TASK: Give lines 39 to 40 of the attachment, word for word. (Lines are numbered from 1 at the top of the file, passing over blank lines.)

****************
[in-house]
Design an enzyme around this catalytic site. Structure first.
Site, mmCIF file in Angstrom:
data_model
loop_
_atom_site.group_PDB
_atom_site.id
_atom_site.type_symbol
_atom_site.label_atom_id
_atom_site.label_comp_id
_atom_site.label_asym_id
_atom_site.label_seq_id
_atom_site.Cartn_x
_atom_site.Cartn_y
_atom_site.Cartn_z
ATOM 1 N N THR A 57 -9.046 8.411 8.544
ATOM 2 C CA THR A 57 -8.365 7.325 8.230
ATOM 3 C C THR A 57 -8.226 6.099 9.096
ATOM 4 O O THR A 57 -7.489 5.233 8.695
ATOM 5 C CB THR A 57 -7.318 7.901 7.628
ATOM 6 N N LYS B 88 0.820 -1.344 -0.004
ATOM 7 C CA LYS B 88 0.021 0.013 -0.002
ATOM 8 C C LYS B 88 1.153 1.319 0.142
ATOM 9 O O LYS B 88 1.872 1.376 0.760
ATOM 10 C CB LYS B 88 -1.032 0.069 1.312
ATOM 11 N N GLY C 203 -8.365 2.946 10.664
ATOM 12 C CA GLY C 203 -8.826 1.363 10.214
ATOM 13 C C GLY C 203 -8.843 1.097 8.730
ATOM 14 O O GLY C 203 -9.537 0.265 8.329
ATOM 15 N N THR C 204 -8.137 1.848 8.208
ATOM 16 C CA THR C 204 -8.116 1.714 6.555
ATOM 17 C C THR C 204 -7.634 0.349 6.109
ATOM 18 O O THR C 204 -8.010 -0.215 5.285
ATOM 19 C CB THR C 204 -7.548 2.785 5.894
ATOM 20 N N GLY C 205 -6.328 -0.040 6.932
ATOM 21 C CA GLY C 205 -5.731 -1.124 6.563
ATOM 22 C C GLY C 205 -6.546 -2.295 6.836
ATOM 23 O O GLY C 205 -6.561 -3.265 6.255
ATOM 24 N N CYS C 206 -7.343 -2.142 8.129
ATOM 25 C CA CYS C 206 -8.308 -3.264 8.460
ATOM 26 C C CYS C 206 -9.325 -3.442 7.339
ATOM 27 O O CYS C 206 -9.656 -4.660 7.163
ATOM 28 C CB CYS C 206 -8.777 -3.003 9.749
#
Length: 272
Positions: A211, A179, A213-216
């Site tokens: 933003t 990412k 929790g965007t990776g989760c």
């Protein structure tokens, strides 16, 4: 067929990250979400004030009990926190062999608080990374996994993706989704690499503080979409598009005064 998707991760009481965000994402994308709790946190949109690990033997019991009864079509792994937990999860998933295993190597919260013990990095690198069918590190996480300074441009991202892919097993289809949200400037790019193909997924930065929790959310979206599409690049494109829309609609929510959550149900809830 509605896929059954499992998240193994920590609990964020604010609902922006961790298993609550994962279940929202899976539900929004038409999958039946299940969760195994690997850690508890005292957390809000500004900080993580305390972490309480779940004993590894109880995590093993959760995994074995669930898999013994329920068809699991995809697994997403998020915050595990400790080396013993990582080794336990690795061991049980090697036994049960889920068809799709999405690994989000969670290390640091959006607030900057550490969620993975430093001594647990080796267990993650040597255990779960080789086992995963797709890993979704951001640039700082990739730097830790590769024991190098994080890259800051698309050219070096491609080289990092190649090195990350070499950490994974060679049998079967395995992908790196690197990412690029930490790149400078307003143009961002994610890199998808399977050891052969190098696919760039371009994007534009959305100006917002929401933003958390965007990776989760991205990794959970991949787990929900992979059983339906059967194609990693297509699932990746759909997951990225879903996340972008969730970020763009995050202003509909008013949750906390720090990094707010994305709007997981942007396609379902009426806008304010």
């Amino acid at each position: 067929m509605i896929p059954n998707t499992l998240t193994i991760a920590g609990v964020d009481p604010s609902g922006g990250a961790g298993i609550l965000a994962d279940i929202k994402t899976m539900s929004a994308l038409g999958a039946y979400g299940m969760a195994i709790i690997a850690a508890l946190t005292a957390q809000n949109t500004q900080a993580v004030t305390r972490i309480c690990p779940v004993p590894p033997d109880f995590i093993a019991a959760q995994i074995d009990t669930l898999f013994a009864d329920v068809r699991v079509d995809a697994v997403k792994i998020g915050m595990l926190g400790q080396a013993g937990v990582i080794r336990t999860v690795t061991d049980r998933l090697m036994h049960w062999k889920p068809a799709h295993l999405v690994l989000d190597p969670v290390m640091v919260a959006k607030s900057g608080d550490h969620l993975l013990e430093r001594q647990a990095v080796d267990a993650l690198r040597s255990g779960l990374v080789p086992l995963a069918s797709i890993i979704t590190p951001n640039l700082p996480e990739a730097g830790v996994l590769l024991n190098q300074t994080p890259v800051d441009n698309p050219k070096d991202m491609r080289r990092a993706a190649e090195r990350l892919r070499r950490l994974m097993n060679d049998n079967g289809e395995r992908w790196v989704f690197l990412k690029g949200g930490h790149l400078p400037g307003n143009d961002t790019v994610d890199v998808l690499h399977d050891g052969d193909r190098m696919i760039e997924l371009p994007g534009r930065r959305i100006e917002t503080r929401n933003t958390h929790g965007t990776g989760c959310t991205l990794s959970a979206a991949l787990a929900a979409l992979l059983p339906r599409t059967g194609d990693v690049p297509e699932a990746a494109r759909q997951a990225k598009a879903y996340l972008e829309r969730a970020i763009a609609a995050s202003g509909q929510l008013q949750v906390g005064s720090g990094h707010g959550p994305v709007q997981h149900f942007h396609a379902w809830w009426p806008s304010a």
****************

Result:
ATOM 24 N N CYS C 206 -7.343 -2.142 8.129
ATOM 25 C CA CYS C 206 -8.308 -3.264 8.460